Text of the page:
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Florence by the numbers: Record rainfall and wind gusts

The slow moving hurricane turned tropical storm left behind record rainfall and wind gusts on the coast of North Carolina.
Credit: Chip Somodevilla/Getty Images
ATLANTIC BEACH, NC - SEPTEMBER 13: Portions of a boat dock and boardwalk are destroyed by powerful wind and waves as Hurricane Florence arrives September 13, 2018 in Atlantic Beach, United States. (Photo by Chip Somodevilla/Getty Images)

CHARLOTTE, N.C. — Florence will go down in history taking the number one spot for most dropped rainfall by a tropical cyclone in both North Carolina and South Carolina.

Florence broke North Carolina records for rain totals.

The highest rainfall total was recorded in Elizabethtown, NC with 35.93 inches of rain. It is hard to imagine that amount of rainfall, so lets break down the numbers. Elizabethtown is roughly 2,990 acres. If just one acre of Elizabeth town had 35.93 inches of rainfall, that would equal 975, 643 gallons of water! If that amount fell over the entire town, that would roughly be 2.9 billion gallons of water.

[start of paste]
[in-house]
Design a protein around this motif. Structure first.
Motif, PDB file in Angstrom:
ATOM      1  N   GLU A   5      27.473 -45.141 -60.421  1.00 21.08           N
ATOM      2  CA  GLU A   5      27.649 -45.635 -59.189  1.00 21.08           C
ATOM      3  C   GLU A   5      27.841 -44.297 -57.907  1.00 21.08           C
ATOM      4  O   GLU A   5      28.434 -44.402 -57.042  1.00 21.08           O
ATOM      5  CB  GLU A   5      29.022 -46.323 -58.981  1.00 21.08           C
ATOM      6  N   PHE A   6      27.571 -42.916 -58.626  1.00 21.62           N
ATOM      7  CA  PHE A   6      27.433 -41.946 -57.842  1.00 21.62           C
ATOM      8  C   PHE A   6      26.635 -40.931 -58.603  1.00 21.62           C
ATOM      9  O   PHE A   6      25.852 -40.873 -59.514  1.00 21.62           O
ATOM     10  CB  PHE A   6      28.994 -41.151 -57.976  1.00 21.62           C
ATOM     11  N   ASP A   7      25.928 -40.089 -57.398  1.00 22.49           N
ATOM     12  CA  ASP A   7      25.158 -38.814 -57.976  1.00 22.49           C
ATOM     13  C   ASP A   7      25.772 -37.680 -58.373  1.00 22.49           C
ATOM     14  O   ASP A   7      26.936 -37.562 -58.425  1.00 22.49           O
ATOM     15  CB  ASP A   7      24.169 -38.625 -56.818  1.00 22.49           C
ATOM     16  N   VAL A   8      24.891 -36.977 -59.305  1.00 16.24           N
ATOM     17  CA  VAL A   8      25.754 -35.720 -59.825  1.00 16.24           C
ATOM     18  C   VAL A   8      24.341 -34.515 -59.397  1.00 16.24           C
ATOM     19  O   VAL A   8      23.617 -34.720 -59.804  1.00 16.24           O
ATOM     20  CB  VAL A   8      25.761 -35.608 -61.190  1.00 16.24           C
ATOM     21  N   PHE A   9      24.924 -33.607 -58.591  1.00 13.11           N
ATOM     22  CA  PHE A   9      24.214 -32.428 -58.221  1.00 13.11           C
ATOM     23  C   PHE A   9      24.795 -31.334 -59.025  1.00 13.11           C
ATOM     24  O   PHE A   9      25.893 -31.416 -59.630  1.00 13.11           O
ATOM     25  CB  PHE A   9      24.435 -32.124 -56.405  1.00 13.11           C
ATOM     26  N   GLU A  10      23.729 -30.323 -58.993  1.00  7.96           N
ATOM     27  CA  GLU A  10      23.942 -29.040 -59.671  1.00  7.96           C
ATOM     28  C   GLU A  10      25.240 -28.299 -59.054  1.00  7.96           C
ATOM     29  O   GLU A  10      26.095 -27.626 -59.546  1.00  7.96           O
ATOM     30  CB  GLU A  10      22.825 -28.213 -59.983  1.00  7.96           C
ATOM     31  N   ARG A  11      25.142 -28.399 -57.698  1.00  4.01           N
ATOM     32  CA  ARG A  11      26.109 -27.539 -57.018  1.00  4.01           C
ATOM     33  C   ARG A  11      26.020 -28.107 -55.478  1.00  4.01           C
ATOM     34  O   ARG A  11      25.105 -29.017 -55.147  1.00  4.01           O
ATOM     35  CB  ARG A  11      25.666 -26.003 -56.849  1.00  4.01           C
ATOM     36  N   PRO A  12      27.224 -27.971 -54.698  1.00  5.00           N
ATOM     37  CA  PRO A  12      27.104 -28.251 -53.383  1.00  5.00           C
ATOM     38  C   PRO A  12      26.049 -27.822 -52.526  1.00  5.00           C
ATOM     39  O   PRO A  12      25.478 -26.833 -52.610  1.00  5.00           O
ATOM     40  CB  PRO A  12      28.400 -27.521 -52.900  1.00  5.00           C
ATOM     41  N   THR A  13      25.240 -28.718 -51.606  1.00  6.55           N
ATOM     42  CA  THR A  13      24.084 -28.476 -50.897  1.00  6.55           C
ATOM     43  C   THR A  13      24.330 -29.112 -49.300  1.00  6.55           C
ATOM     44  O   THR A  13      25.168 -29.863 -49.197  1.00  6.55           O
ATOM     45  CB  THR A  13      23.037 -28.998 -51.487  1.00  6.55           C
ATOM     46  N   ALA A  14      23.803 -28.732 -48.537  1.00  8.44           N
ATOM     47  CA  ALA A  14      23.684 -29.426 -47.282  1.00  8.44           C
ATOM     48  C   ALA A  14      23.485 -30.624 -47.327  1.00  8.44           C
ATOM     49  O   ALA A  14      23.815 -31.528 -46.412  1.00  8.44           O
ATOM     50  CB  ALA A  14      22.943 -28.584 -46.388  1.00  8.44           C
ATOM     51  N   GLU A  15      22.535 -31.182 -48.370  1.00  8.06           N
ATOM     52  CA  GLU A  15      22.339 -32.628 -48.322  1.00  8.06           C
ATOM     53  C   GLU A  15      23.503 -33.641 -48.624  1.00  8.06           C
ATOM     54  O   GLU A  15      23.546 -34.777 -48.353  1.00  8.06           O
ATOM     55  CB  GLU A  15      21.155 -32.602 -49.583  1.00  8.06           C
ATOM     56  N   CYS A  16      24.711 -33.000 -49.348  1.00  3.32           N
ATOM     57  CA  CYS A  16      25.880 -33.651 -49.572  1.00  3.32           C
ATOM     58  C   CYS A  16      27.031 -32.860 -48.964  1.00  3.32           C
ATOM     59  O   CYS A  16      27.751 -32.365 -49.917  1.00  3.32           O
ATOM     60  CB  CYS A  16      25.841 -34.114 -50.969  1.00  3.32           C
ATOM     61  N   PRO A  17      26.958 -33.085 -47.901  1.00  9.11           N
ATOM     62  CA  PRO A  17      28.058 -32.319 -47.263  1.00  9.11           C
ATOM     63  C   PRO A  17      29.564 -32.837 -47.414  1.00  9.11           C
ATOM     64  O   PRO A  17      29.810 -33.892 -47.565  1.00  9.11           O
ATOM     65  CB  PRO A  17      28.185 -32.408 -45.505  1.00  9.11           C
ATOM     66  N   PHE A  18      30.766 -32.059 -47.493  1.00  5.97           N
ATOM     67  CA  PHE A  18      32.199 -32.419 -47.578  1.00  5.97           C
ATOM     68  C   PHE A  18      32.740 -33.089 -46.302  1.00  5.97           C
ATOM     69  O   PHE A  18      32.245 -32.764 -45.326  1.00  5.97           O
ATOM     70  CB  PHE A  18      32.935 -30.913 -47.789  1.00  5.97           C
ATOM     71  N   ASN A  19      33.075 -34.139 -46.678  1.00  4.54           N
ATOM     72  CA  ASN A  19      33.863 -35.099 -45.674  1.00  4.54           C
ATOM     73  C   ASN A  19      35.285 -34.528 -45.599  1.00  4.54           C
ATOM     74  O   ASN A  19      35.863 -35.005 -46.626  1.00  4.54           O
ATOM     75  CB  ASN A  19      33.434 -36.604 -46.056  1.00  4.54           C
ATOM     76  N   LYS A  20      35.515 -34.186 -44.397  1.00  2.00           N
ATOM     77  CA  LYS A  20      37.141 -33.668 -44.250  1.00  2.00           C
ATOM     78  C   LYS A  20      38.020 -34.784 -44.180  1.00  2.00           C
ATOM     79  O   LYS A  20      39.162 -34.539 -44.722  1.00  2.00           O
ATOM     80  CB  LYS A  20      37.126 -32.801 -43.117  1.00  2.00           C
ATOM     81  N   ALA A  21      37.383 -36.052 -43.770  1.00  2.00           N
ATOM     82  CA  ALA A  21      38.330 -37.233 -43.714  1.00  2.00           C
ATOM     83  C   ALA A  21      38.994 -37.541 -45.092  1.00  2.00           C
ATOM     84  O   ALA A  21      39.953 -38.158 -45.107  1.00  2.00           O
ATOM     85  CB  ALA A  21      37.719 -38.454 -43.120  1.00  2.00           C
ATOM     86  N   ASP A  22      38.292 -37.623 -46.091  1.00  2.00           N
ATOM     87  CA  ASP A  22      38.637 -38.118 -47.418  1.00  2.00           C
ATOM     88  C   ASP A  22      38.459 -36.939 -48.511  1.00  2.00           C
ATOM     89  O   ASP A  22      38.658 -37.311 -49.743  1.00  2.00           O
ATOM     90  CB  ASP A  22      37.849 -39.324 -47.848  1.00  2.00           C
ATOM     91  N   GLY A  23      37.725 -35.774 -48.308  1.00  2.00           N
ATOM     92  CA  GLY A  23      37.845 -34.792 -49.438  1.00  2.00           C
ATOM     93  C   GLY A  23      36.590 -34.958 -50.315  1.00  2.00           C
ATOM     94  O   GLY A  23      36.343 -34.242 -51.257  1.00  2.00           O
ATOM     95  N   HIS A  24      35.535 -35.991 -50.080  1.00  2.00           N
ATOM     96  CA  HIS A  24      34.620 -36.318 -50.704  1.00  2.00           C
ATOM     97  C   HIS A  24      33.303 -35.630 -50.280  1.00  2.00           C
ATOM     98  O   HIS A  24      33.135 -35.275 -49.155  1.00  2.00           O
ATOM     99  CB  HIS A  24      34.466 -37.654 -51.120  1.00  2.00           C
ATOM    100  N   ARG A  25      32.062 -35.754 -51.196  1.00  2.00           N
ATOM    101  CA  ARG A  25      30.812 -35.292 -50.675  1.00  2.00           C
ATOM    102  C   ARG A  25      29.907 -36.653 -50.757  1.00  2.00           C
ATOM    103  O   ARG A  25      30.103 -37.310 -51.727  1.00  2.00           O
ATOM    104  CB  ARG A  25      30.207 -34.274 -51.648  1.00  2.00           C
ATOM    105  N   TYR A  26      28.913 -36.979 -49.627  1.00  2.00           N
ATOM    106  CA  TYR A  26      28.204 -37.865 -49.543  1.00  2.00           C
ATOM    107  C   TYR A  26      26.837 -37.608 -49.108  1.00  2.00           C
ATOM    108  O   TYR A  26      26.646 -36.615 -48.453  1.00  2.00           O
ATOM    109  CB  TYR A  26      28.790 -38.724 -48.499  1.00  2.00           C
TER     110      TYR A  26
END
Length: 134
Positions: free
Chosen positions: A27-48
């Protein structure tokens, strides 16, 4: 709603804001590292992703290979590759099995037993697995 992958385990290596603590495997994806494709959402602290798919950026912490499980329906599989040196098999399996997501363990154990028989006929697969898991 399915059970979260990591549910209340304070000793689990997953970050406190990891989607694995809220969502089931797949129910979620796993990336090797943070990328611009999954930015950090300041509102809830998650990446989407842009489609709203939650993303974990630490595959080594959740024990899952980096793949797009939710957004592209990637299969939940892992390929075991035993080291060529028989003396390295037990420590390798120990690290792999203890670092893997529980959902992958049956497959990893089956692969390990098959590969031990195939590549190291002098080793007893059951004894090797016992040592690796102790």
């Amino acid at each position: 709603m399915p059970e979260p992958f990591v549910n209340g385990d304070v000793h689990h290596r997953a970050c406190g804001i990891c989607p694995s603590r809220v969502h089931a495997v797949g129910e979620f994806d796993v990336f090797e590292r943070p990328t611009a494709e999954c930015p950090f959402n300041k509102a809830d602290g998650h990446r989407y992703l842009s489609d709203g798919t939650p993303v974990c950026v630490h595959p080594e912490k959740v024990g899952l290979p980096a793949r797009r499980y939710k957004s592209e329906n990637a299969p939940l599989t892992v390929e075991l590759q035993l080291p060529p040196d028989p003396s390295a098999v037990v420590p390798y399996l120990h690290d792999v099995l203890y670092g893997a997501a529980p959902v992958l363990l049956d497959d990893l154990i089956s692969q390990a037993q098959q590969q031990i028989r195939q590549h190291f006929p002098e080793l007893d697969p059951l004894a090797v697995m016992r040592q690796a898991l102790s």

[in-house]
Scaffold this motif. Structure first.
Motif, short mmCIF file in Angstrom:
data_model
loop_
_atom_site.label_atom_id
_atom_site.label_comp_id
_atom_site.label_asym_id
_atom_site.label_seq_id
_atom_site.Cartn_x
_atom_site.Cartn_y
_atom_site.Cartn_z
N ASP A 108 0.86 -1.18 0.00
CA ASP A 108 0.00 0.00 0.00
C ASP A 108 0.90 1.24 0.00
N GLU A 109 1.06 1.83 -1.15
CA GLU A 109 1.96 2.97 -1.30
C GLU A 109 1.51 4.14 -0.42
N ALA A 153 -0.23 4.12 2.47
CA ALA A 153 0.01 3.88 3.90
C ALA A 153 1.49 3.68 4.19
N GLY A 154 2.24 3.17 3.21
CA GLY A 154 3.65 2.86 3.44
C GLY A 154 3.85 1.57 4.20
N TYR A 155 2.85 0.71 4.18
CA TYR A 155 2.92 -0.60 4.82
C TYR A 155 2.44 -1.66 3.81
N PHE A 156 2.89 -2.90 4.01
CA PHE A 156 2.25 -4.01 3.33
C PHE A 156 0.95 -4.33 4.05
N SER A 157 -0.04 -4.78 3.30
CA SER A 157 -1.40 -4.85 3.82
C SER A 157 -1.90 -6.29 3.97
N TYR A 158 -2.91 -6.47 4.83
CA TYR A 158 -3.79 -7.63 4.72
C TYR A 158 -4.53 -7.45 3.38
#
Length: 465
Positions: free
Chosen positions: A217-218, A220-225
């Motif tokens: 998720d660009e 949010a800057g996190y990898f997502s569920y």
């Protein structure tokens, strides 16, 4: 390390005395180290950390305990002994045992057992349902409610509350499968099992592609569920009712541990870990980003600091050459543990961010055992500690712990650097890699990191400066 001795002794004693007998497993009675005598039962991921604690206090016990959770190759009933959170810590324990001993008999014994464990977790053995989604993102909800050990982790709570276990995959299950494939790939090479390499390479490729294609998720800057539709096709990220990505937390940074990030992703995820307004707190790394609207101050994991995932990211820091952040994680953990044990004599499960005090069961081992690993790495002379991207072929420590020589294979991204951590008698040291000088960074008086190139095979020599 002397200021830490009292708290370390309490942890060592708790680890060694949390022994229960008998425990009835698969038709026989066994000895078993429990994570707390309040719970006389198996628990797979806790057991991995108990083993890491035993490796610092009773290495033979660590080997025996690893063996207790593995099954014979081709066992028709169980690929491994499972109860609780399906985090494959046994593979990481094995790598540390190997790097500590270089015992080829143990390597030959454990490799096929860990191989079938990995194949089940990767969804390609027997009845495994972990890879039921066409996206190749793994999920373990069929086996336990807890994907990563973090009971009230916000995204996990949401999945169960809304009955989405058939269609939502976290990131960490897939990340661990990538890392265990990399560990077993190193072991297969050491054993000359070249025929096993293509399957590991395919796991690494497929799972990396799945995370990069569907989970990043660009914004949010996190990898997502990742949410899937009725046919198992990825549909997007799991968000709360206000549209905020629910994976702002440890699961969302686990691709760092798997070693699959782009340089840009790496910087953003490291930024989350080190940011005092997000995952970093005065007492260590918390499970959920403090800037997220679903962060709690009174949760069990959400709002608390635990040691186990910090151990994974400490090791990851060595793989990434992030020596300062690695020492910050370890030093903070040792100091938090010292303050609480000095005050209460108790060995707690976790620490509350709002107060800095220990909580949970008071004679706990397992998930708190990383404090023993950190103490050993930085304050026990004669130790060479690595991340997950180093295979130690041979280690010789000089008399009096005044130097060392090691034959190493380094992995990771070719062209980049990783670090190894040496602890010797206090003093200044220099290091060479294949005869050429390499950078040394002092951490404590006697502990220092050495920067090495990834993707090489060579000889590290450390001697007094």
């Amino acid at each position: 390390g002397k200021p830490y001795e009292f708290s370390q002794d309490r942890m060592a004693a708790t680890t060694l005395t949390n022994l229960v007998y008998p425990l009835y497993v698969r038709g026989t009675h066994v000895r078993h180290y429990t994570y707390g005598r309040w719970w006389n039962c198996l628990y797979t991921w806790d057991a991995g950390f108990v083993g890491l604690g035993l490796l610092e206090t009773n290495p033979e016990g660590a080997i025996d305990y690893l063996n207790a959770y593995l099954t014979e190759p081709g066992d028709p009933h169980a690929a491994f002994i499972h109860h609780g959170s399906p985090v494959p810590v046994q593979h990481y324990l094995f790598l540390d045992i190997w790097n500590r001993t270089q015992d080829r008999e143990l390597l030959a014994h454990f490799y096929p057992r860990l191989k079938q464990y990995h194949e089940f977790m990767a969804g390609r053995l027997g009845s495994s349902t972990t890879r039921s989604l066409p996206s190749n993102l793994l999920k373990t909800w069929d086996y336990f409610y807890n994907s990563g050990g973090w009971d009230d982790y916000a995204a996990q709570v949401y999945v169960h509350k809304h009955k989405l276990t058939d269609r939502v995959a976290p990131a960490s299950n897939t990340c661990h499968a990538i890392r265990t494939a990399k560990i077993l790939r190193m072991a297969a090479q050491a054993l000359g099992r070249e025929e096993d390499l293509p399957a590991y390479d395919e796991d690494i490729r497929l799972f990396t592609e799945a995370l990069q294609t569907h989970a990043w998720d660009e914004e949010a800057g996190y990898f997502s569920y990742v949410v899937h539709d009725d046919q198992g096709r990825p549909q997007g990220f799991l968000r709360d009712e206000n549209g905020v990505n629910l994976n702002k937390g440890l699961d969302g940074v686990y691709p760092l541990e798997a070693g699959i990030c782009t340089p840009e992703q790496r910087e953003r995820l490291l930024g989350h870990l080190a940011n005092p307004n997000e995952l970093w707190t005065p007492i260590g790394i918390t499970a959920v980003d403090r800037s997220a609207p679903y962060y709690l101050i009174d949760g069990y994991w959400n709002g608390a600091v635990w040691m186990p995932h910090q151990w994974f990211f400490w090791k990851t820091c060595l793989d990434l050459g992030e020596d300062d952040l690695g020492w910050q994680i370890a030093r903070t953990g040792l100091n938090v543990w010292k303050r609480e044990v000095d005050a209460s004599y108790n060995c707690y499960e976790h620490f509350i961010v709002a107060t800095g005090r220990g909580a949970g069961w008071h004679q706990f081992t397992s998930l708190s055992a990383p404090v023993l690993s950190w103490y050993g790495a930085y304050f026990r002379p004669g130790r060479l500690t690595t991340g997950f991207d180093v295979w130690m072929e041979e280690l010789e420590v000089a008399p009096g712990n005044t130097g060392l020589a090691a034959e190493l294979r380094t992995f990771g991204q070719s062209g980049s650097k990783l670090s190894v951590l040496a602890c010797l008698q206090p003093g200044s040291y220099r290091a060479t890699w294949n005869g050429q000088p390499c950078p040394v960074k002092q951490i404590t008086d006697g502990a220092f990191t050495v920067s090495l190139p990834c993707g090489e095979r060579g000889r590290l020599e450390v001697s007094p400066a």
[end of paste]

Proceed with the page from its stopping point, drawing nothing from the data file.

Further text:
How much rain fell per acre of land during the peak rain of Florence?

Charlotte rainfall totals ranged from 4 to nearly 10 inches of rainfall. The airport reported 6.13 inches while other areas reported at 9.86 inches of rain. If 9.86 inches of rain fell evenly across Charlotte, that would be equivalent to 52.7 billion gallons of water. That is enough water to fill all NFL and college football stadiums five times!

Here is a look at other rainfall totals from Florence. (Rain totals from Weather Prediction Center).

Preliminary North Carolina rain totals from Florence.

Peak wind gusts with Florence were in the triple digits. The highest recorded wind gust on land was 105 mph at Fort Macon and the Wilmington Airport. Similar wind speeds are seen with an EF1 tornado.

Wilmington has not seen wind speeds that high since Hurricane Donna in 1960.

Wind gusts from Florence.

Record rainfall brought a high risk for flooding, especially along rivers and creeks. Although sunshine is in the forecast, the effects from the rainfall will be felt for weeks after Florence’s departure.

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